TNA: How Impact Wrestling Has Finally Reached Its Climax

Graham GSM MatthewsFeatured ColumnistFebruary 13, 2012

Without a doubt, Impact Wrestling has finally earned my respect.
Without a doubt, Impact Wrestling has finally earned my respect.

In recent years, TNA Wrestling has always been looked down upon by numerous wrestling fans (myself included) for its horrendous booking, older talent and failure to live up to their promised "Wrestling Matters" slogan.

While it may be the second major pro wrestling company in the United States, it has not and never will live up to the global empire that is WWE.

No matter what TNA President Dixie Carter thinks or how many times Hulk Hogan says it on-air, TNA Wrestling will likely never be on the same level as the WWE. They just don't have the proper media exposure for their organization in order to compete with Vince McMahon, despite acquiring camera darlings such as Hogan and Ric Flair.

With that being said, I've come to realize that Impact Wrestling isn't as truly terrible as most members of the IWC make it out to be. Of course, it has its obvious flaws, but they've progressed so much in the last four months that I'm once again not only entertained, but hopeful of their product.

Last November, we witnessed the foreshadowing of the future with the rise of numerous stars on the roster.

From Bobby Roode capturing his first TNA World Heavyweight Championship to Gail Kim making her long-awaited return to the company and win the Knockouts Championship, the seeds had been planted for some rare long-term booking that still exists today.

At this time last year, established veterans such as Jeff Jarrett, Kurt Angle, Mr. Anderson, Rob Van Dam and Sting were all still hogging the spotlight, but hardly competed in the squared circle a year later.

If you told me last year that tag team specialists such as Bully Ray, Bobby Roode and James Storm were going to be fighting over the golden prize, I would thought you were completely delusional.

Sting and Bobby Roode
Sting and Bobby Roode

For the past two months, TNA has consistently delivered enjoyable editions of Impact Wrestling, especially their most recent tour of England.

While it may not show in the ratings, my interest in TNA television has gradually increased over the course of the last few months.

Last night, I had my hopes up high for an enjoyable Against All Odds pay-per-view, and sure enough, the show lived up to my standards. For the first time in years, I felt as if the three hours I spent watching a TNA pay-per-view were actually worth it.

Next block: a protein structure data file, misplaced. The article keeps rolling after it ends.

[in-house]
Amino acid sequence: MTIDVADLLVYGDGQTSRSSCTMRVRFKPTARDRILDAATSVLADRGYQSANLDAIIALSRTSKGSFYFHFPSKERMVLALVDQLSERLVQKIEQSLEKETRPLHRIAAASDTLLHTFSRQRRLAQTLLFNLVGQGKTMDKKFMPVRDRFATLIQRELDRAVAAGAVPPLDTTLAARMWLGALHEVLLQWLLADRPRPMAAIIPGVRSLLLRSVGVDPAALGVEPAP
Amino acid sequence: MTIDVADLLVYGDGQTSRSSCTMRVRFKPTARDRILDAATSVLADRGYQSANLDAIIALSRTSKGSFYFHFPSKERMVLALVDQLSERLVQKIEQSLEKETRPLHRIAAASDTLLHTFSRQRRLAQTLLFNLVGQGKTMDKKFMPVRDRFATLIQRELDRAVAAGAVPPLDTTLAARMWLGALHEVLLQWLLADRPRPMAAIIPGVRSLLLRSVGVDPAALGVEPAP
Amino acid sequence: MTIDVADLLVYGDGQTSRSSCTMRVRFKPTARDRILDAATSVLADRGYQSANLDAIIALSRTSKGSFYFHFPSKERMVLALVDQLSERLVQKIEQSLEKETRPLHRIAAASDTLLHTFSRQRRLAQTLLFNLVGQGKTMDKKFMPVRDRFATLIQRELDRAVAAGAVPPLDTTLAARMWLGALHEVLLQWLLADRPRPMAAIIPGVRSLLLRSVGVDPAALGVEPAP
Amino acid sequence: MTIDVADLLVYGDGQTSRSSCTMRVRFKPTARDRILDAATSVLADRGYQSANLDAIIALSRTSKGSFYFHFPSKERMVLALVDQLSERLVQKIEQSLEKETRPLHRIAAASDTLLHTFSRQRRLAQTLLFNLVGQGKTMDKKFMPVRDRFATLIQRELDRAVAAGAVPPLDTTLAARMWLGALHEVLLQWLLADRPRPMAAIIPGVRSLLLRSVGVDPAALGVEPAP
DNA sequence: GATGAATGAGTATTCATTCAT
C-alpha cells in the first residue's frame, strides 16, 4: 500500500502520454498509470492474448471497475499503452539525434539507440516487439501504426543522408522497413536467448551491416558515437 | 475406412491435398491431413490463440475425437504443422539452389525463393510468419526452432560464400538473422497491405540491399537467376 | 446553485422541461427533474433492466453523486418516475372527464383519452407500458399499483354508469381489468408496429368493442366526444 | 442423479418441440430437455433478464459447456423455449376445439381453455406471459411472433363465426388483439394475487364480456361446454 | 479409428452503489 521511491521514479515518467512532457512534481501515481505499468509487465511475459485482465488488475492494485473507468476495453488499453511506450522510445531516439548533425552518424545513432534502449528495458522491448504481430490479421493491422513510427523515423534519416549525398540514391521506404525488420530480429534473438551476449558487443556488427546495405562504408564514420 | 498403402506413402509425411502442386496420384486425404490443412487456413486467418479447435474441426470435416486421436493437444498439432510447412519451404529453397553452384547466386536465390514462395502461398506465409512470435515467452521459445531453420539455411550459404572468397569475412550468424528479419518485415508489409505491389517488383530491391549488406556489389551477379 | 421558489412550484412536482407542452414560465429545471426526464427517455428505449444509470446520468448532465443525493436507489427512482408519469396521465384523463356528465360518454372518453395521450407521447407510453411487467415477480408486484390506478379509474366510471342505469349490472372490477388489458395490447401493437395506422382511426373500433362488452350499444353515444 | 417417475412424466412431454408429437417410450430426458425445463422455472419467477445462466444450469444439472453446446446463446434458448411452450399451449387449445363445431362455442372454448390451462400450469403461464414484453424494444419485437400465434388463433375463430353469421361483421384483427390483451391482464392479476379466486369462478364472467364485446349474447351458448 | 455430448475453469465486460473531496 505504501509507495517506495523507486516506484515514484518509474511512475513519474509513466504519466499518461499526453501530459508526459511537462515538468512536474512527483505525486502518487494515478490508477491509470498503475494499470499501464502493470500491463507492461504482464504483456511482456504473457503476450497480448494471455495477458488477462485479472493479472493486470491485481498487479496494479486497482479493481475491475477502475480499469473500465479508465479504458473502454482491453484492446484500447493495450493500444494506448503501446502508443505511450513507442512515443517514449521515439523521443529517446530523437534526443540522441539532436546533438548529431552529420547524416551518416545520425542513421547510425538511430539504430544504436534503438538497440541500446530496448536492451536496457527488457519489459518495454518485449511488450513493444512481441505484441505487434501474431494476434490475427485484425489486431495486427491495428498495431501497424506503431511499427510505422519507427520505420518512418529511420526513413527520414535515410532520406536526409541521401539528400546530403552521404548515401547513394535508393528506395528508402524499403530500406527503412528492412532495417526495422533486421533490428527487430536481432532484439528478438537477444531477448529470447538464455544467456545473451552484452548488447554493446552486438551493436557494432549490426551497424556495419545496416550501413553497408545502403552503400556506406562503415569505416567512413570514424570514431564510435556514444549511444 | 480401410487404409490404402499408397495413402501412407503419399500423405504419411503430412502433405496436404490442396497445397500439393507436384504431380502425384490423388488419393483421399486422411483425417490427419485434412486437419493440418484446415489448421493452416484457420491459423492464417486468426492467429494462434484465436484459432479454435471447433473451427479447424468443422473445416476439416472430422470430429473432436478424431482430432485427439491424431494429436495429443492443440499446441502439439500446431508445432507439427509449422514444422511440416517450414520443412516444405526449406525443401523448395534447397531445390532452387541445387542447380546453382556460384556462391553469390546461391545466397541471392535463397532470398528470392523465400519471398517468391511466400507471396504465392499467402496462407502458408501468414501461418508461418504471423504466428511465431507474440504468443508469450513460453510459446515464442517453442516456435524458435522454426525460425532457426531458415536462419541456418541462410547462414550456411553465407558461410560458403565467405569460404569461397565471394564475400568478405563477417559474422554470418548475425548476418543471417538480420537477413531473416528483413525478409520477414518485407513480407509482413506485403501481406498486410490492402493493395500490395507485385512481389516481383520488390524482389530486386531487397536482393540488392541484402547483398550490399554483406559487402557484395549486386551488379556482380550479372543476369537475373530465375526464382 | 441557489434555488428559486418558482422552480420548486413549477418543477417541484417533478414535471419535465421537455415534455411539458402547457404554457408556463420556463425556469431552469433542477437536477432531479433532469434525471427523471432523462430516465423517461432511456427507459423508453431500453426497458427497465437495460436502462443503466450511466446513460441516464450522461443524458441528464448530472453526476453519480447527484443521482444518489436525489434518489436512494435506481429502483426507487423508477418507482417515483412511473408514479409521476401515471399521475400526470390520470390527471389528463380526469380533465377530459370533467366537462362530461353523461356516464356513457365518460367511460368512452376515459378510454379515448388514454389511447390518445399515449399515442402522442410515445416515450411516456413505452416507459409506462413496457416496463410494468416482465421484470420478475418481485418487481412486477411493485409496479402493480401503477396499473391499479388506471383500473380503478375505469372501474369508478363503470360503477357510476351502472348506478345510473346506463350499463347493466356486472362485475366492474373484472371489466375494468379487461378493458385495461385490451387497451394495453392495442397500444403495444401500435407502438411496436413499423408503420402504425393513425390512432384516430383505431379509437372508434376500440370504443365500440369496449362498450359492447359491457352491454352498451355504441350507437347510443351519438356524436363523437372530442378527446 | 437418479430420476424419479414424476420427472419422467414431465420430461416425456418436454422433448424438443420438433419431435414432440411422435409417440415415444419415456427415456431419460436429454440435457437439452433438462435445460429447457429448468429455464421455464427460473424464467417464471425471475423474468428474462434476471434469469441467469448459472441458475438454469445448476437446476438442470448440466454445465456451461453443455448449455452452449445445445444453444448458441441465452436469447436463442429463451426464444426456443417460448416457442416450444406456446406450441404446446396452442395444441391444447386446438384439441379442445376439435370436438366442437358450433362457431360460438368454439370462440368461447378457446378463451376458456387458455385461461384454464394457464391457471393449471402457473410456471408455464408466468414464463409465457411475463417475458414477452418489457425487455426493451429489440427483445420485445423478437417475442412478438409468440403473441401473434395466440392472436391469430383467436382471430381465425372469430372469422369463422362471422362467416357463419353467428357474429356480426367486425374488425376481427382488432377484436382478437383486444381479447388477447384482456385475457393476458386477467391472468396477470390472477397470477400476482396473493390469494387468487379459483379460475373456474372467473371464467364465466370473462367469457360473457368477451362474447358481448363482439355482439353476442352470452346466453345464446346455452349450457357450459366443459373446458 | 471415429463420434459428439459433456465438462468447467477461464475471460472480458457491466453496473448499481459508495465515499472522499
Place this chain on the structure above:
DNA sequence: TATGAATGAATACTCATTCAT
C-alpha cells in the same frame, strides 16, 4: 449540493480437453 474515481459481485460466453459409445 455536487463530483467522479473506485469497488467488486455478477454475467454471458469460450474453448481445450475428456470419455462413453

In a shocking turn of events, only two of the matches on the card ended in controversy, with neither finish being that overbooked either. Ironically enough, a heel went over in every bout on the card (with the exception of the sympathetic tweener Kazarian), which is probably why I found it so amusing.

The only real unfortunate incident coming out of the show was the legitimate injury sustained by Jesse Sorensen in the opening contest, who was rushed to the nearest medical facility to receive further examination. Other than that, everything else seemed to fall directly into place.

Knockouts champions Gail Kim and Tara contested a great match that surprisingly didn't end in interference from Madison Rayne, while X-Division Austin Aries defeated challenger Alex Shelley to retain his title in what was the best bout on the card.

Later in the night, Samoa Joe and Magnus were finally able to put an end to the unfavorable team of Matt Morgan and Crimson to win the TNA World Tag Team Championship. In an extremely personal confrontation between best friends Kazarian and AJ Styles, Kaz was able to upset his former Fortune stable mate following capitalizing on a fallen Christopher Daniels.

Alex Shelley and Austin Aries
Alex Shelley and Austin Aries

During the final hour, Gunner was able to put away Garrett Bischoff despite the odds stacked against him with Hulk Hogan looming at ringside. To conclude the show, Bobby Roode successfully defended his TNA World Heavyweight Championship after Sting accidentally knocked Jeff Hardy unconscious.

All in all, this year's installment of Against All Odds was a major step forward towards rebuilding their top stars, while also finally making good on their promise that wrestling does indeed matter.

One can only hope that TNA can keep on the fast track to greatness from here, as they hold amazing potential that can't be denied.

Now, I'm not saying they should move back to Monday nights or anything along those lines to once again rival with WWE, but I believe they are significantly improving as time progresses.

Personally, I find their current product the most entertaining it's been in years, so fingers crossed this is only the beginning.

Thanks for reading, Bleachers, and make sure to drop a comment below with your thoughts on last night's Against All Odds pay-per-view and what the future might hold for TNA Wrestling. As always, your criticism and overall feedback is greatly appreciated.

GSM out.



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